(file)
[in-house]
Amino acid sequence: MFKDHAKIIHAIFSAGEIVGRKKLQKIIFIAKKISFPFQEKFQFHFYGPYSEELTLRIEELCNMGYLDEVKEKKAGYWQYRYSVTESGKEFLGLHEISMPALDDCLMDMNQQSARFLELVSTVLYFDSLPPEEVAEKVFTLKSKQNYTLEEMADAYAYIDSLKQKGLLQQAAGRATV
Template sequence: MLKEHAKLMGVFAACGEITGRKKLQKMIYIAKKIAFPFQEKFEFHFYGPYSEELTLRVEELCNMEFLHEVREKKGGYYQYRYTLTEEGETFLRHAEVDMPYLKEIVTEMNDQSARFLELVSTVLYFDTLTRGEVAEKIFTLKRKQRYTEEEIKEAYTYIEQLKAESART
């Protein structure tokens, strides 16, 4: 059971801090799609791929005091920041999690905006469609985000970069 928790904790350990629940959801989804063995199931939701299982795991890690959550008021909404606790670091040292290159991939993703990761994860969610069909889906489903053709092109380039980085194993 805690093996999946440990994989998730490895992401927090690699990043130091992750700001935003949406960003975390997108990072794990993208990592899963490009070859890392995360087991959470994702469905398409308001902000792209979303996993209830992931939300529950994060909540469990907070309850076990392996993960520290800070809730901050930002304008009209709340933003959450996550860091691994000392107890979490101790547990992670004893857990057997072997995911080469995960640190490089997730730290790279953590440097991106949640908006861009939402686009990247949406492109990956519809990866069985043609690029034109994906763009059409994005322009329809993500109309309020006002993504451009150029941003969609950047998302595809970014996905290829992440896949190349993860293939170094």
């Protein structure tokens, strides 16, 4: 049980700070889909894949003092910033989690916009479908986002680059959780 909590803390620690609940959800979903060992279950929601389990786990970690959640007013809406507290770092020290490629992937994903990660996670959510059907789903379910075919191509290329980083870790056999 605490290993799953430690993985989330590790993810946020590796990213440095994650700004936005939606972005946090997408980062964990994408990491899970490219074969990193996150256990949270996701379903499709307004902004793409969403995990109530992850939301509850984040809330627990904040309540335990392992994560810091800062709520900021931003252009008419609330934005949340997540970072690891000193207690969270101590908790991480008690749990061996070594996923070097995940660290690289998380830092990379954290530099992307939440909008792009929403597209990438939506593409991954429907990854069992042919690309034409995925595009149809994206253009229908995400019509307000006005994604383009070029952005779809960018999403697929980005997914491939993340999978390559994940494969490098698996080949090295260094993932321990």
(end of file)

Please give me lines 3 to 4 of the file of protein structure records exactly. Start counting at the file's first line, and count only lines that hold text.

Template sequence: MLKEHAKLMGVFAACGEITGRKKLQKMIYIAKKIAFPFQEKFEFHFYGPYSEELTLRVEELCNMEFLHEVREKKGGYYQYRYTLTEEGETFLRHAEVDMPYLKEIVTEMNDQSARFLELVSTVLYFDTLTRGEVAEKIFTLKRKQRYTEEEIKEAYTYIEQLKAESART
């Protein structure tokens, strides 16, 4: 059971801090799609791929005091920041999690905006469609985000970069 928790904790350990629940959801989804063995199931939701299982795991890690959550008021909404606790670091040292290159991939993703990761994860969610069909889906489903053709092109380039980085194993 805690093996999946440990994989998730490895992401927090690699990043130091992750700001935003949406960003975390997108990072794990993208990592899963490009070859890392995360087991959470994702469905398409308001902000792209979303996993209830992931939300529950994060909540469990907070309850076990392996993960520290800070809730901050930002304008009209709340933003959450996550860091691994000392107890979490101790547990992670004893857990057997072997995911080469995960640190490089997730730290790279953590440097991106949640908006861009939402686009990247949406492109990956519809990866069985043609690029034109994906763009059409994005322009329809993500109309309020006002993504451009150029941003969609950047998302595809970014996905290829992440896949190349993860293939170094």